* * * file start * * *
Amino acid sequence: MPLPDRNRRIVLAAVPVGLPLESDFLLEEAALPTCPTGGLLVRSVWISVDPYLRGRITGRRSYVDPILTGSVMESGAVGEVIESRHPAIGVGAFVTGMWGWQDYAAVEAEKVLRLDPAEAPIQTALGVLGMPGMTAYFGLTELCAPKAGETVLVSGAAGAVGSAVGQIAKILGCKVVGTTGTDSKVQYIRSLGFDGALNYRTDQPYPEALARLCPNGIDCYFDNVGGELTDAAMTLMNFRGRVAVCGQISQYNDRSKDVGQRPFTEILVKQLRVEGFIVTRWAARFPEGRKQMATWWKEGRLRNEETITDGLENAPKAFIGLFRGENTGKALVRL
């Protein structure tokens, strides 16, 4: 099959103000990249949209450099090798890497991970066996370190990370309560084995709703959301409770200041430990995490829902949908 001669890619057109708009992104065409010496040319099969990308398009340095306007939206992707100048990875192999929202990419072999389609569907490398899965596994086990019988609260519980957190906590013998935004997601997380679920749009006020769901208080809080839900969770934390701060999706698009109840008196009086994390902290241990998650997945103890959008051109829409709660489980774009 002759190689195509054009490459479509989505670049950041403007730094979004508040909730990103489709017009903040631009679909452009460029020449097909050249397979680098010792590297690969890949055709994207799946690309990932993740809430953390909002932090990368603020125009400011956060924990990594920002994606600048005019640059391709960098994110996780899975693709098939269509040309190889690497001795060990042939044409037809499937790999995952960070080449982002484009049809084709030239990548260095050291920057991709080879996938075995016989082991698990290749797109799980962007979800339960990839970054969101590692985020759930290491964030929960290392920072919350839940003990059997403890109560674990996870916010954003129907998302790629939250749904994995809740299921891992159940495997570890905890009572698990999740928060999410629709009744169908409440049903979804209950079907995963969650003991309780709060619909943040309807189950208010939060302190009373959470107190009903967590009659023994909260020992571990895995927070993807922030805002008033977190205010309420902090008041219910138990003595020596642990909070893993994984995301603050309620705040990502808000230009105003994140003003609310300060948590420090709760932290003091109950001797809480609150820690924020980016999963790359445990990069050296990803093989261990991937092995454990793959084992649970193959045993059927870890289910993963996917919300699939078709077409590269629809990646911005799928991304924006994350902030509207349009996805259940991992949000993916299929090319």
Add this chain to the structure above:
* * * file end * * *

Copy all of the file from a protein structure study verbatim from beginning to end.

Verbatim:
Amino acid sequence: MPLPDRNRRIVLAAVPVGLPLESDFLLEEAALPTCPTGGLLVRSVWISVDPYLRGRITGRRSYVDPILTGSVMESGAVGEVIESRHPAIGVGAFVTGMWGWQDYAAVEAEKVLRLDPAEAPIQTALGVLGMPGMTAYFGLTELCAPKAGETVLVSGAAGAVGSAVGQIAKILGCKVVGTTGTDSKVQYIRSLGFDGALNYRTDQPYPEALARLCPNGIDCYFDNVGGELTDAAMTLMNFRGRVAVCGQISQYNDRSKDVGQRPFTEILVKQLRVEGFIVTRWAARFPEGRKQMATWWKEGRLRNEETITDGLENAPKAFIGLFRGENTGKALVRL
């Protein structure tokens, strides 16, 4: 099959103000990249949209450099090798890497991970066996370190990370309560084995709703959301409770200041430990995490829902949908 001669890619057109708009992104065409010496040319099969990308398009340095306007939206992707100048990875192999929202990419072999389609569907490398899965596994086990019988609260519980957190906590013998935004997601997380679920749009006020769901208080809080839900969770934390701060999706698009109840008196009086994390902290241990998650997945103890959008051109829409709660489980774009 002759190689195509054009490459479509989505670049950041403007730094979004508040909730990103489709017009903040631009679909452009460029020449097909050249397979680098010792590297690969890949055709994207799946690309990932993740809430953390909002932090990368603020125009400011956060924990990594920002994606600048005019640059391709960098994110996780899975693709098939269509040309190889690497001795060990042939044409037809499937790999995952960070080449982002484009049809084709030239990548260095050291920057991709080879996938075995016989082991698990290749797109799980962007979800339960990839970054969101590692985020759930290491964030929960290392920072919350839940003990059997403890109560674990996870916010954003129907998302790629939250749904994995809740299921891992159940495997570890905890009572698990999740928060999410629709009744169908409440049903979804209950079907995963969650003991309780709060619909943040309807189950208010939060302190009373959470107190009903967590009659023994909260020992571990895995927070993807922030805002008033977190205010309420902090008041219910138990003595020596642990909070893993994984995301603050309620705040990502808000230009105003994140003003609310300060948590420090709760932290003091109950001797809480609150820690924020980016999963790359445990990069050296990803093989261990991937092995454990793959084992649970193959045993059927870890289910993963996917919300699939078709077409590269629809990646911005799928991304924006994350902030509207349009996805259940991992949000993916299929090319």
Add this chain to the structure above: